Most Intimate Dimer of (R,R)-trans-ACPC Hexamers.  One hexamer (ACPC-1) is found on the right.  The other hexamer (ACPC-2) is positioned on the left.  The interaction energy is -37.3 kcal/mol and is dominated by the van der Waals interaction. Note how the benzyl group packs against the t-butyl group at each end of the dimer creating preferentialadocking.

Project 6

Much interest has been vested into the synthesis of the aryl ether linkage, which is commonly found in a large number of biologically active molecules.  The traditional Ullmann coupling method for ether synthesis and palladium-catalyzed ether synthesis have limited applications.  An efficient catalytic system has been developed for the synthesis of aryl ethers from various substituted phenol derivatives and aryl halides.  The effect of different ligands, base, and solvent on the coupling of substituted phenol derivatives and aryl halides was investigated, as well as the effect of the amount of CuI and ligand. 

Mass spectrum of p-methoxy-diphenyl ether in dichloromethane

Mass spectrum of p-methoxy-diphenyl ether in dichloromethane

Project 7

We have been able to convert the 3’,5’-bis-O-TBDMS derivative of 2’-deoxyguanosine to its O6-alkyl and O6-aryl ethers as well as to N6-substituted diaminopurine nucleosides in two simple steps. We also developed a novel, nonaqueous, one-step O6-desulfonylation method that leads to deprotection of the carbonyl moiety of 2’-deoxyguanosine.

The conversion of 3,5-bis-O-TBDMS derivative of 2-deoxyguanosine to its O6-alkyl and O6-aryl ethers as well as to N6-substituted diaminopurine nucleosides in two simple steps

Project 8

Single-electron oxidation of the carcinogenic hydrocarbon benzo[a]pyrene (BaP) is thought to result in a radical cation intermediate and this species has been proposed to cause alkylation at the nitrogens of the purine nucleobases. Although several different nucleoside adducts have been isolated as arising from this mode of metabolic activation, there are no selective, total syntheses of the stable exocyclic amino group adducts formed by the single-electron oxidation of any hydrocarbon with the purine 2’-deoxynucleosides to date. We reported the synthesis of the model adducts N6-(1-pyrenyl)-2’-deoxyadenosine and N2-(1-pyrenyl)-2’-deoxyguanosine as well as the first synthesis of the carcinogen-linked nucleoside derivatives N6-(6-benzo[a]pyrenyl)-2’-deoxyadenosine and N2-(6-benzo[a]pyrenyl)-2’-deoxyguanosine via a palladium-mediated C-N bond formation. Two different coupling strategies were attempted: coupling of an aryl bromide with a suitably protected nucleoside and the coupling of an arylamine with a suitable halonucleoside. The former had somewhat limited applicability in that only N6-(1-pyrenyl)-2’-deoxyadenosine was prepared by this method; on the other hand, the latter was more general. However, there are noteworthy differences in the amination reactions at the C-6 and C-2 positions. Reactions at the C-6 resulted in the competing formation of a 1:2 amine-nucleoside adduct in addition to the desired monoaryl nucleoside. Such a dimer formation was not observed at the C-2. The C-2 adducts, however, displayed an interesting conformational behavior.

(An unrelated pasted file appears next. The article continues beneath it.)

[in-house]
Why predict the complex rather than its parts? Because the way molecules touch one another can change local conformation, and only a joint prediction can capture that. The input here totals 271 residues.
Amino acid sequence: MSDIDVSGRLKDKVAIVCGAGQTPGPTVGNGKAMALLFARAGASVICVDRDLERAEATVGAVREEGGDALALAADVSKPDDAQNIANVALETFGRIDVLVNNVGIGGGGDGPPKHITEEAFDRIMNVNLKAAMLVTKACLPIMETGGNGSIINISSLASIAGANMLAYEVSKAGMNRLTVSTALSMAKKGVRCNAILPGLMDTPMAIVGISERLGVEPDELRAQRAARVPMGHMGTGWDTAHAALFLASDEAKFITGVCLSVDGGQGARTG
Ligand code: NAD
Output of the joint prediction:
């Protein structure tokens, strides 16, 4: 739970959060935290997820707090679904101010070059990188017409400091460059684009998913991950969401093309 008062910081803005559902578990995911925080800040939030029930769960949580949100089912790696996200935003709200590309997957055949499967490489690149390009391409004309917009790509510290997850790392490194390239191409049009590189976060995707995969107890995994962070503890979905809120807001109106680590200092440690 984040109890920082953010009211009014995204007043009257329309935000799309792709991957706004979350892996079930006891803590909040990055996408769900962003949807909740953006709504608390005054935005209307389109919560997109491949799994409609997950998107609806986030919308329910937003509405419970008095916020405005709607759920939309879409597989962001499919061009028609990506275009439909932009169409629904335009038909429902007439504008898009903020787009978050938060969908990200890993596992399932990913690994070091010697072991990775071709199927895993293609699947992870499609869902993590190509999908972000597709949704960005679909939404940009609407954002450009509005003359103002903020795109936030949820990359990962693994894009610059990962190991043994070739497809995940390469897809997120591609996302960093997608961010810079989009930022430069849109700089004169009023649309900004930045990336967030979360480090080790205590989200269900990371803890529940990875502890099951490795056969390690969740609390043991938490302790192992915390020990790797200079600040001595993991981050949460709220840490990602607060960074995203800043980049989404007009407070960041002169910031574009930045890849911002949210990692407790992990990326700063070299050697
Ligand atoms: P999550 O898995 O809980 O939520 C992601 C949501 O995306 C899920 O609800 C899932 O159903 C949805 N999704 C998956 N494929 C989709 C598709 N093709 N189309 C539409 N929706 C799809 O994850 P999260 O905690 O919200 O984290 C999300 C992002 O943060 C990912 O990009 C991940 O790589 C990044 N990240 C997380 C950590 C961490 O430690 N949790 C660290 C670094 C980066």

Mechanism of DNA lesion formation

Project 9

The synthesis of chiral sulfonamide organocatalysts of two series, series A and B, will be accomplished.  These chiral organocatalysts will be examined in the conjugate addition (Michael addition) of aldehydes and ketones to nitroalkenes.  This conjugate addition can be applied for the synthesis of γ-amino acids, which have been shown to be interesting foldamer building blocks.

Chiral sulfonamide organocatalysts

Page last modified April 12, 2018